• Have a well-designed business card, a banner for when you do shows, flyers etc. Invest in yourself and get the job done properly by hiring a graphic designer. Look like a pro, feel like a pro, be a pro, be seen as a pro, you get the picture.
  • Post regularly and frequently, no matter what. It doesn’t seem to matter which platform you use, choose the one that appeals to you most. If you can post every day, so much the better. But be consistent – see the first item on this list.
  • I have two websites, but I know some very successful Tarot readers who don’t have any website at all and just use social media. I think it’s best not to get hung up on your platform too much, and really, why go to the trouble and expense of a properly-designed and hosted site if you can get the techs at Facebook to do it for you? Learning how to do WordPress takes a lot of time, time you could be spending doing Tarot readings, writing your Tarot blockbuster or devising your sell-out Tarot course.
  • Be generous. If you want to be a Tarot card reader, read Tarot cards. If you want to obsess about your “worth”, pay Forbes to get you in one of their editorial spots – yes, that’s a thing. So if people want freebies and discounts give it to them. The more Tarot goodness there is in the world, the better, right? Also, goodwill counts for a lot.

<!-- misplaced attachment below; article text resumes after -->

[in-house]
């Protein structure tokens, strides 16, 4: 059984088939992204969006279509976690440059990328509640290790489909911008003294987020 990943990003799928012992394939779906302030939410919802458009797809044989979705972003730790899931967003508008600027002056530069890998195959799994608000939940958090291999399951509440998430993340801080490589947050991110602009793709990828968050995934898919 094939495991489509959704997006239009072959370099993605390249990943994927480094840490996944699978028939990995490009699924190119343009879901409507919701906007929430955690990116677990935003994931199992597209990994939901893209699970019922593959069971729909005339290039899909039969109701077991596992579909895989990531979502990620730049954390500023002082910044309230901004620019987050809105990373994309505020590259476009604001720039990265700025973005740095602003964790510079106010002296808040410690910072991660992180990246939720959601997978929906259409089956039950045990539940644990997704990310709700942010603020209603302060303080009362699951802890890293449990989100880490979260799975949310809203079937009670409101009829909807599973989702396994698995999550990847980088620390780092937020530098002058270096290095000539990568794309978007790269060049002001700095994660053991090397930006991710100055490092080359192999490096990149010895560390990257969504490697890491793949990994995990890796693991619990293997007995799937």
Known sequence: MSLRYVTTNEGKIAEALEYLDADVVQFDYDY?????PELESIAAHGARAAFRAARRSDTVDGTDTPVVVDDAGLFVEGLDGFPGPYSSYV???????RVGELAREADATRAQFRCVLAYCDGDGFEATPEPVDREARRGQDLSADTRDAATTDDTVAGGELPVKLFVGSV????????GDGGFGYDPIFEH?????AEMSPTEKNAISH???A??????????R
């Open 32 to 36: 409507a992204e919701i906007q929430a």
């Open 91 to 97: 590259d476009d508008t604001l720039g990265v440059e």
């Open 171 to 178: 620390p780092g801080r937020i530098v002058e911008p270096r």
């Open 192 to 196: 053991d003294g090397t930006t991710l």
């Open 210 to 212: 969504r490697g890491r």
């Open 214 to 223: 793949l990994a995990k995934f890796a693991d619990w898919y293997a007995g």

• Give extra value. For example, if you do a Skype reading, send screenshots with the card names and positions afterwards. Encourage clients to record and photograph everything. Encourage them to ask questions about the reading afterwards. Look like you actually enjoy the process of giving readings.
  • Anticipate no-shows from time to time. Not everyone is a superstar all the time.
  • Be clear about your limitations. Before I give a reading face to face to someone for the first time, I always get them to read THIS page, and confirm in an email that they’ve done it.
  • People want Tarot readings most often because they have some problem they can’t deal with in any other way. Be kind and give the best possible reading every time. See THIS page for details.